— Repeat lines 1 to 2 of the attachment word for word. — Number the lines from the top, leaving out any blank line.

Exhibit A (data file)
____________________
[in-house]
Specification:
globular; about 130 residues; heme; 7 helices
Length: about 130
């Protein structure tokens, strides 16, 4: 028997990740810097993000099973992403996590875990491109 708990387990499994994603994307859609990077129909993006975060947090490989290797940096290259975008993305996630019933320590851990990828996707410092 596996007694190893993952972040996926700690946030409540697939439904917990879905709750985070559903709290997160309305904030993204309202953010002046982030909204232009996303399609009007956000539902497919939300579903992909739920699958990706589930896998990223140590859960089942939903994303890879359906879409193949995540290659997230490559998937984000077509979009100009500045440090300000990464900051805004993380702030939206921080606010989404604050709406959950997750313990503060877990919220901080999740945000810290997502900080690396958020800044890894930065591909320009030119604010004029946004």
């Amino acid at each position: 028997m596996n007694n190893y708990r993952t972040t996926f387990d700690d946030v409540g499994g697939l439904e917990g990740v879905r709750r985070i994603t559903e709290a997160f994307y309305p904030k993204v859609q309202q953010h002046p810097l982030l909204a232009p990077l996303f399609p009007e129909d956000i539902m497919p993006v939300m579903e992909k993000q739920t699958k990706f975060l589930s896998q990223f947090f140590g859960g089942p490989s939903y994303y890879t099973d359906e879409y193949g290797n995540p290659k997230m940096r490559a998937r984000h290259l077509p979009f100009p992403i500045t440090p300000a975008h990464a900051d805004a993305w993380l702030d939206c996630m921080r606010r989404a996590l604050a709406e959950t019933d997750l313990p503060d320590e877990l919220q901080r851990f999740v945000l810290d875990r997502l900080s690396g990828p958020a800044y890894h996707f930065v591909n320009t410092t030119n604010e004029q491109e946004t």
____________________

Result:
[in-house]
Specification: